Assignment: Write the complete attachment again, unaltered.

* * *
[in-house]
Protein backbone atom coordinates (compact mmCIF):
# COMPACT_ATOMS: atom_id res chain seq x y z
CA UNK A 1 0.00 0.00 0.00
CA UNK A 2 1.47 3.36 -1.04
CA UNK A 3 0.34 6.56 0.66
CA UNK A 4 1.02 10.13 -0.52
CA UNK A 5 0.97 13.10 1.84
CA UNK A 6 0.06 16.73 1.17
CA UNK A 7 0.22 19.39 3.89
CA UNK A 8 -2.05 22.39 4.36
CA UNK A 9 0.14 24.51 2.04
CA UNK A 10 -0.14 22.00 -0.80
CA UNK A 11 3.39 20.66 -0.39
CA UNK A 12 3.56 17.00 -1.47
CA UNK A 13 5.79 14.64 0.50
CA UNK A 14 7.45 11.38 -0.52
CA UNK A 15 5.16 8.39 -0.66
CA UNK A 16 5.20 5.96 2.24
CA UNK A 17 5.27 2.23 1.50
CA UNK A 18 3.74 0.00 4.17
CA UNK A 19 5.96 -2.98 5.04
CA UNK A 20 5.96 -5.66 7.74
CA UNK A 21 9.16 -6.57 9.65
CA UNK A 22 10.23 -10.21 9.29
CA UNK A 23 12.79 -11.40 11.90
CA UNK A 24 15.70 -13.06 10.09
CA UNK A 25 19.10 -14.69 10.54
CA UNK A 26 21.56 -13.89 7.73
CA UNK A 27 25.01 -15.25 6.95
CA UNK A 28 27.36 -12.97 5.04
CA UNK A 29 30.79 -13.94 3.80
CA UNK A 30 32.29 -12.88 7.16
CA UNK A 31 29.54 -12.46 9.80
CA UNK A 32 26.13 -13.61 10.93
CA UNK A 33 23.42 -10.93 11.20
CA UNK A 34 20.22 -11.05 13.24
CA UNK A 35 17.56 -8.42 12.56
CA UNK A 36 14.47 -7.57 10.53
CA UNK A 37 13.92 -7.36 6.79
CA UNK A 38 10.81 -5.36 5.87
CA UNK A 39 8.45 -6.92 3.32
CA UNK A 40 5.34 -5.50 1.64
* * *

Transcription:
[in-house]
Protein backbone atom coordinates (compact mmCIF):
# COMPACT_ATOMS: atom_id res chain seq x y z
CA UNK A 1 0.00 0.00 0.00
CA UNK A 2 1.47 3.36 -1.04
CA UNK A 3 0.34 6.56 0.66
CA UNK A 4 1.02 10.13 -0.52
CA UNK A 5 0.97 13.10 1.84
CA UNK A 6 0.06 16.73 1.17
CA UNK A 7 0.22 19.39 3.89
CA UNK A 8 -2.05 22.39 4.36
CA UNK A 9 0.14 24.51 2.04
CA UNK A 10 -0.14 22.00 -0.80
CA UNK A 11 3.39 20.66 -0.39
CA UNK A 12 3.56 17.00 -1.47
CA UNK A 13 5.79 14.64 0.50
CA UNK A 14 7.45 11.38 -0.52
CA UNK A 15 5.16 8.39 -0.66
CA UNK A 16 5.20 5.96 2.24
CA UNK A 17 5.27 2.23 1.50
CA UNK A 18 3.74 0.00 4.17
CA UNK A 19 5.96 -2.98 5.04
CA UNK A 20 5.96 -5.66 7.74
CA UNK A 21 9.16 -6.57 9.65
CA UNK A 22 10.23 -10.21 9.29
CA UNK A 23 12.79 -11.40 11.90
CA UNK A 24 15.70 -13.06 10.09
CA UNK A 25 19.10 -14.69 10.54
CA UNK A 26 21.56 -13.89 7.73
CA UNK A 27 25.01 -15.25 6.95
CA UNK A 28 27.36 -12.97 5.04
CA UNK A 29 30.79 -13.94 3.80
CA UNK A 30 32.29 -12.88 7.16
CA UNK A 31 29.54 -12.46 9.80
CA UNK A 32 26.13 -13.61 10.93
CA UNK A 33 23.42 -10.93 11.20
CA UNK A 34 20.22 -11.05 13.24
CA UNK A 35 17.56 -8.42 12.56
CA UNK A 36 14.47 -7.57 10.53
CA UNK A 37 13.92 -7.36 6.79
CA UNK A 38 10.81 -5.36 5.87
CA UNK A 39 8.45 -6.92 3.32
CA UNK A 40 5.34 -5.50 1.64